Demonstrating Sustainable Energy Technologies Michael J. Kelleher Executive Director Energy and Sustainability SUNY College Of Environmental Science and Forestry February 2013
President’s Climate Commitment 2006: be Carbon Neutral by 2015We are encourages by our students to be green
Five-Fold Path Energy & Emissions Reduction • Energy Conservation Measures - energy saving renovations, technologies, & facilities upgrades. • Alternative Energy Projects -onsite clean & renewable energy projects to power existing structures. • Green-Building Energy Systems - design of new construction with integrated renewable energy systems. Ultra efficient building envelopes allow surplus energy to flow to other buildings. • Campus Action Campaigns - efforts by ESF community for increased awareness, voluntary behavioral adjustments, policy changes, reduced waste, etc. • Forest Carbon Sequestration - designation & management of select ESF forest properties for carbon sequestration & storage purposes.
A LEED Platinum building (targeted) with a power plan in the basement, engage all who come to our campus is a discussion of energy & sustainability. Projected building energy Consumption 40 Kbtu/ft2-yr 56% less than ASHRAE 90.1
Systems design begins with a high performance building envelope. A bioclimatic façade controls thermal loss and solar gain to minimize building design loads.
Overall Before the Gateway Energy System Delivered Energy Energy Input Delivered Energy Required Conversion Efficiency Losses 49.5 billion BTU 45 billion BTU 52% 95 billion BTU 48% of energy input is wasted as losses 49.5 billion BTU Overall With the Gateway Energy System Delivered Energy Energy Input Delivered Energy Required Conversion Efficiency Losses 49.5 billion BTU 15.9 billion BTU 76% 65 billion BTU Inputs are now 55% renewable 49.5 billion BTU Wasted energy has been cut in half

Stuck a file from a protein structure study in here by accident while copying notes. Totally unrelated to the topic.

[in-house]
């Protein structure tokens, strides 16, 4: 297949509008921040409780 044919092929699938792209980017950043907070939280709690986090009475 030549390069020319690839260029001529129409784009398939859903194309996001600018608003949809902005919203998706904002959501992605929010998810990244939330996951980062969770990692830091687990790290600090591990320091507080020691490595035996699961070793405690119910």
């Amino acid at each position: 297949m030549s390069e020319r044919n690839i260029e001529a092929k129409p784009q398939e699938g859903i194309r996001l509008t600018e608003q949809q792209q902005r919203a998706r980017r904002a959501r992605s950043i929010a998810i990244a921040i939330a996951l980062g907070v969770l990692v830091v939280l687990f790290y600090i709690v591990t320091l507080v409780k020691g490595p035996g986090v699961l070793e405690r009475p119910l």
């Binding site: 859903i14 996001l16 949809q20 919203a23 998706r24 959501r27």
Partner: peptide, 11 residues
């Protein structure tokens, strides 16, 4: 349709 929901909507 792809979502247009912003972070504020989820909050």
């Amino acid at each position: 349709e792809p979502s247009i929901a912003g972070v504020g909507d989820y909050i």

Decision to install multi-component energy system • Fuel diversity (biomass, solar and natural gas) • Risk management (prices and physical supply) • Renewable fuels (biomass and solar) • Technology diversity • Risk management (technology failure) • Match electric and thermal needs • Demonstration (positive externality) • Economic Analysis • $3.2 million cost ($963,000 NYSERDA funding) • Projected annual savings of $400,000 annually • Providing a $1.5 million NPV over 15 years • Environmental Impacts • Reduce CO2 emissions by 2700 tons annually • Reduce local and overall SO2 and NOx emissions • Added an electrostatic precipitator to lower fine particulate emissions below current standards.
Biomass CHP, Efficient and low emissions • ESF/NYSERDA leadership in Environmental Stewardship • This project is in an urban setting close to the Carrier Dome, Hospitals and college campuses. • Included an electrostatic precipitator • Emissions are reduced compared to existing purchased electricity and steam • ESF will be working with NYSERDA to measure emissions under varying load conditions before and after the electrostatic precipitator. • New York has an abundant supply of biomass • Sustainably manage the forest resources and use efficiently • Promote Environmental Stewardship and Responsibility
Sustainable Project Challenges • Money • Capital vs. operating $$$ • Many incentives are tax benefits, need to be creative to use those. • Finding/making believers • Technology risk (or perceptions) • Fine tuning solutions. • Incorporating projects and curriculum